The new F1 season
‘oh lord won’t you buy me a Ferrari’
I may not have mentioned this before, but I do really like formula 1. When I say really like I actually mean, I love it and have an insatiable desire for all the technical details and little tweaks that the engineers spent hundreds of millions of pounds, euro’s or dollars in developing.
Last season was a bit of a frustration for the scarlet Ferrari’s. They really under performed, Vettell had his car treated like a bumper car at the fair by some of the other drivers, and results did not go the way of the team.
But that is behind them now, a new season is dawning and rule changes and technical rule changes have served to bring hope back that the new season will not be another season of Scalextric style ‘follow the Mercedes’ races.
Pre-season testing has gone well for the Ferrari team, hundreds of laps under their, presumably Gucci, belts and both drivers producing the fastest laps of the session. So before a wheel gets turned in anger at Melbourne in the opening race of the season, I took a little look at how each team has developed the aero package on their cars in the face of technical changes.
One of the biggest changes of the new season, the biggest technical change, has brought about the smallest rear wings ever seen on F1 cars. The rear wings this year a tiny, low slung and will produce much less downforce than in previous years. Couple this with the huge increase in the permitted size of rear tyre’s, it is going to be harder to stick the back end of the cars down onto the track. Traction provided by the larger tyre’s is traded off by the tiny little rear wings. That is a big problem when you have 900 horse power to transmit through the rear wheels.
I noticed with all the new cars, the aero package through the centre point of the car has changed a great deal, side pods and air intakes have changed shape dramatically and the air flow is managed to a much greater degree around the cockpit of the car. Getting the air into the correct shape now seems to be crucial, getting the air into the right flow, before it flows over the engine cover and hits the tiny rear wing is key. I had a look at all the new designs, from all the teams, and I noticed Ferrari has a tweak that no-one else has.
So does the Ferrari speed in testing involve their difference in design to the other teams? Both Vettell and Kimi are well known for wanting cars with stiff and very direct performing front ends. Both drivers like to be able to hurl their cars into the apex of a corner and the last possible moment, neither driver is going to be ever accused of a smooth style, of flattening out bends and coaxing the car through a difficult apex. Both drivers love to spring the shift in momentum in at the last possible moment, to hurl the front end into the apex. I wondered if the new Ferrari design has been done to enable it’s drivers to do this, and has the extra benefit of producing better air flow around the side pods and cockpit surfaces.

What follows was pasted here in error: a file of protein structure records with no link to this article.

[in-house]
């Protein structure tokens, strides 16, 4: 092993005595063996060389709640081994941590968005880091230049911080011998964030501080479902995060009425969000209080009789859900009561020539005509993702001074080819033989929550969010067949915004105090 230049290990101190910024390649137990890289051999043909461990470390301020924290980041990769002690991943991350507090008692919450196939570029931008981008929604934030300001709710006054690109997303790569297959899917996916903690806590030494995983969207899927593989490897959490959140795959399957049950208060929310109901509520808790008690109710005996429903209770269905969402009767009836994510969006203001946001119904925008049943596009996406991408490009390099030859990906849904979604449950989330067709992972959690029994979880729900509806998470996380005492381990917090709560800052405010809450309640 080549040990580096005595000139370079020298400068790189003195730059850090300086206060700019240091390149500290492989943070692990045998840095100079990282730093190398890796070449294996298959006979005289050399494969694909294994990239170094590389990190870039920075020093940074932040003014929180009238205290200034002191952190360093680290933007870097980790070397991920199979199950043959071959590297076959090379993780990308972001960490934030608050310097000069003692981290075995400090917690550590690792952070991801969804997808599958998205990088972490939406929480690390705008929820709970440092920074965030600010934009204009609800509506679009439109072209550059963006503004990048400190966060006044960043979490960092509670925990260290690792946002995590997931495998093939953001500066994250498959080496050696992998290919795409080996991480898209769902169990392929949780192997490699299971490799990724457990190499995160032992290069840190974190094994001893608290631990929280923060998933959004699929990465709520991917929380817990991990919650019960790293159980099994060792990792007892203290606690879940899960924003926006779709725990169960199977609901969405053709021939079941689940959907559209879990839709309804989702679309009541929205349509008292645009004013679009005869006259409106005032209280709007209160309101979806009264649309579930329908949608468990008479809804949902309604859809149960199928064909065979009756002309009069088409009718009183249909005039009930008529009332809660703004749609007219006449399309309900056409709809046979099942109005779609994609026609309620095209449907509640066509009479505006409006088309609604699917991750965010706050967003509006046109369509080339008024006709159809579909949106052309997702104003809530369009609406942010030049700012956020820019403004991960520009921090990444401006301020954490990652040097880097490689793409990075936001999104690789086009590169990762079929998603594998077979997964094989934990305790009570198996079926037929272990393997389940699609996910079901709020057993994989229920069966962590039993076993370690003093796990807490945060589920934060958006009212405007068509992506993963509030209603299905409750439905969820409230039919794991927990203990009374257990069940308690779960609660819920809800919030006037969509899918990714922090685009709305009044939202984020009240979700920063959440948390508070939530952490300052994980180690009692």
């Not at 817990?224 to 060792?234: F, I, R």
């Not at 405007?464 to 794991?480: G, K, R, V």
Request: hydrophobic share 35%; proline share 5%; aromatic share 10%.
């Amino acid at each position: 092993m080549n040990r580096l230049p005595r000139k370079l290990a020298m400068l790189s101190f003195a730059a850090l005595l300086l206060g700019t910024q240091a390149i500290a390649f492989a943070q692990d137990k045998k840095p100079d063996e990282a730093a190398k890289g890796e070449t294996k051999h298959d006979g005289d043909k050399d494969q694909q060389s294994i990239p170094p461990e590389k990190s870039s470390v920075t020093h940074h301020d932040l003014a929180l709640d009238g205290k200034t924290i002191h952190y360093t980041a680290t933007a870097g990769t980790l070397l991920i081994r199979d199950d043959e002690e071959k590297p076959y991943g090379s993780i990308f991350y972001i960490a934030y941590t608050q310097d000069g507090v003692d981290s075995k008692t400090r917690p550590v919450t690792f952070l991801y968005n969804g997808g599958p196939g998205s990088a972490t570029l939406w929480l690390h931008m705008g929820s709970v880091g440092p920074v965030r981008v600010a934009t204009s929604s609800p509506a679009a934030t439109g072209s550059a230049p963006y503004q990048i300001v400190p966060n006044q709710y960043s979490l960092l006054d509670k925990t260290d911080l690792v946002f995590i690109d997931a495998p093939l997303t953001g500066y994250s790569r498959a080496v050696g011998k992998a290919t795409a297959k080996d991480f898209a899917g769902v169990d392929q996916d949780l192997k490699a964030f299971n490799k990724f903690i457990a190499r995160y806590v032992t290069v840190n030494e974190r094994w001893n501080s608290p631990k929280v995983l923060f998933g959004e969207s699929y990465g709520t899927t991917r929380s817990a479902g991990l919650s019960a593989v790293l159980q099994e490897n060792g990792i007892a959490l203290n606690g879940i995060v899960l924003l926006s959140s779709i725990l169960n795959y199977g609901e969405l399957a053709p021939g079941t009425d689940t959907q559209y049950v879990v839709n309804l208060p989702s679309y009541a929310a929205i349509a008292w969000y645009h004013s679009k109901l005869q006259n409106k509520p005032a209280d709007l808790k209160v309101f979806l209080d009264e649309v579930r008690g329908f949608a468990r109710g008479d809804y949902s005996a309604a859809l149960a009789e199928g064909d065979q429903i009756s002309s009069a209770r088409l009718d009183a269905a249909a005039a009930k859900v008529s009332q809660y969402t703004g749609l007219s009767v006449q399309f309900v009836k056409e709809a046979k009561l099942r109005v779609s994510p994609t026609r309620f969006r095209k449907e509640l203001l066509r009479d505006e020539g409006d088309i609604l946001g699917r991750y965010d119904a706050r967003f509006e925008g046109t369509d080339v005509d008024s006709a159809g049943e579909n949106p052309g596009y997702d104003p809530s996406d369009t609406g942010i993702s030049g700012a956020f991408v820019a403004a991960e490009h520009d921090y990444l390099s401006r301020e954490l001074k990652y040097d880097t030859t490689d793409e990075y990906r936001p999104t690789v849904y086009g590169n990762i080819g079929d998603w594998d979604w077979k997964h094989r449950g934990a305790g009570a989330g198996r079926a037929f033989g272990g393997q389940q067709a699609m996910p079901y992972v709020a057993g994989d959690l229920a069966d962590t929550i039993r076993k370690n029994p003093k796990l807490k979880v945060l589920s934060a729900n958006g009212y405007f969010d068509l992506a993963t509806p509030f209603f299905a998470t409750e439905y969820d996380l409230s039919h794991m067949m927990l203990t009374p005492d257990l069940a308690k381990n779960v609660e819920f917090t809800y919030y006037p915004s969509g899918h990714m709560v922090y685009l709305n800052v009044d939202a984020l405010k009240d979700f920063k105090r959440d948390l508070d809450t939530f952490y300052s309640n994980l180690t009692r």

So rather than tease, I should go public with my observations, if you have followed this article to this point, then you must be interested in Formula 1 and all the tiny little changes that can make such an impact.
So I noticed the front end wish bones:
Here is the new Mercedes and if you look you can see the back-raking body after the snub drop enforced by crash regulations. But you can still see the bulbous protrusions where the front suspension springs are bolted to the monocot containing the driver. It is shaped like a wave, from the tip of the nose, raking-up sharply to the bulbous spring mounting points and then gently curving back to the tiny bit of plastic the drivers consider a wind shield.
Plus lots of barge boards and wings to sculpt the air around the side of the car. Very pretty and very much like last year.
Ferrari on the other hand as clearly gone down a different path. The cockpit in front of the car is like a slab, flat enough to play cards on. A complete ironing board look. Some the suspension spring mounting points have been moved, shifted into the crash structure of the nose, producing a flat plane of body work in front of the driver. We also see that Ferrari have produced a double entrance to the air pods on the side of the car. The air flow directly in front and around the driver is managed in a very different way to the Mercedes.
So does this very different new design offer the Ferrari drivers a better front end experience? And is this why both the Ferrari drivers topped the lap times in the test sessions in Barcelona? We will have to wait and see, only the first few races of the season will reveal if Ferrari have beaten their rivals to the aerodynamic punch and produced a car that can break the dominance of Mercedes for the last three years.
I am a Mclaren fan by the way, but for the obvious reasons they did not leave me much to talk about in pre-season testing, again……